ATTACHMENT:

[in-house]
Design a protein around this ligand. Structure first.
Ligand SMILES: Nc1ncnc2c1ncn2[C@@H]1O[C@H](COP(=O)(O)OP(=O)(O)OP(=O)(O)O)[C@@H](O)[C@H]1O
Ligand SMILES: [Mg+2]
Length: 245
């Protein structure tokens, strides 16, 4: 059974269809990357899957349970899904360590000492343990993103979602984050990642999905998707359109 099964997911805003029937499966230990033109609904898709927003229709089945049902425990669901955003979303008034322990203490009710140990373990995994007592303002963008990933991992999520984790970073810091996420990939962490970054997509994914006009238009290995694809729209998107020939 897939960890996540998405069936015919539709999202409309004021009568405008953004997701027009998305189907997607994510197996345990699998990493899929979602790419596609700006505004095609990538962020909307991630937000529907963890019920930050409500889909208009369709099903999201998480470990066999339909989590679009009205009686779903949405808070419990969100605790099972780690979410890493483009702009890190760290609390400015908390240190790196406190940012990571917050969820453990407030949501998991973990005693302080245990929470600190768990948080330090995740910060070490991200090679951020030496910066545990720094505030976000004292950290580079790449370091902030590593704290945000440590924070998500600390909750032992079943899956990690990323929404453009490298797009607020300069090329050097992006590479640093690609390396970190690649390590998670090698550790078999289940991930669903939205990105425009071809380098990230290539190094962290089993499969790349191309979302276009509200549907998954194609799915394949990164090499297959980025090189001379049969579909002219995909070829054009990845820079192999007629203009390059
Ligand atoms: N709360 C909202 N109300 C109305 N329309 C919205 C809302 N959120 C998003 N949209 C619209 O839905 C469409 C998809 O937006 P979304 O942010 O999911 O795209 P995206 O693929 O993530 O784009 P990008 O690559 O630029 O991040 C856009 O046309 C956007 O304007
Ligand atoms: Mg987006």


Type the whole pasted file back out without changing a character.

[in-house]
Design a protein around this ligand. Structure first.
Ligand SMILES: Nc1ncnc2c1ncn2[C@@H]1O[C@H](COP(=O)(O)OP(=O)(O)OP(=O)(O)O)[C@@H](O)[C@H]1O
Ligand SMILES: [Mg+2]
Length: 245
């Protein structure tokens, strides 16, 4: 059974269809990357899957349970899904360590000492343990993103979602984050990642999905998707359109 099964997911805003029937499966230990033109609904898709927003229709089945049902425990669901955003979303008034322990203490009710140990373990995994007592303002963008990933991992999520984790970073810091996420990939962490970054997509994914006009238009290995694809729209998107020939 897939960890996540998405069936015919539709999202409309004021009568405008953004997701027009998305189907997607994510197996345990699998990493899929979602790419596609700006505004095609990538962020909307991630937000529907963890019920930050409500889909208009369709099903999201998480470990066999339909989590679009009205009686779903949405808070419990969100605790099972780690979410890493483009702009890190760290609390400015908390240190790196406190940012990571917050969820453990407030949501998991973990005693302080245990929470600190768990948080330090995740910060070490991200090679951020030496910066545990720094505030976000004292950290580079790449370091902030590593704290945000440590924070998500600390909750032992079943899956990690990323929404453009490298797009607020300069090329050097992006590479640093690609390396970190690649390590998670090698550790078999289940991930669903939205990105425009071809380098990230290539190094962290089993499969790349191309979302276009509200549907998954194609799915394949990164090499297959980025090189001379049969579909002219995909070829054009990845820079192999007629203009390059
Ligand atoms: N709360 C909202 N109300 C109305 N329309 C919205 C809302 N959120 C998003 N949209 C619209 O839905 C469409 C998809 O937006 P979304 O942010 O999911 O795209 P995206 O693929 O993530 O784009 P990008 O690559 O630029 O991040 C856009 O046309 C956007 O304007
Ligand atoms: Mg987006």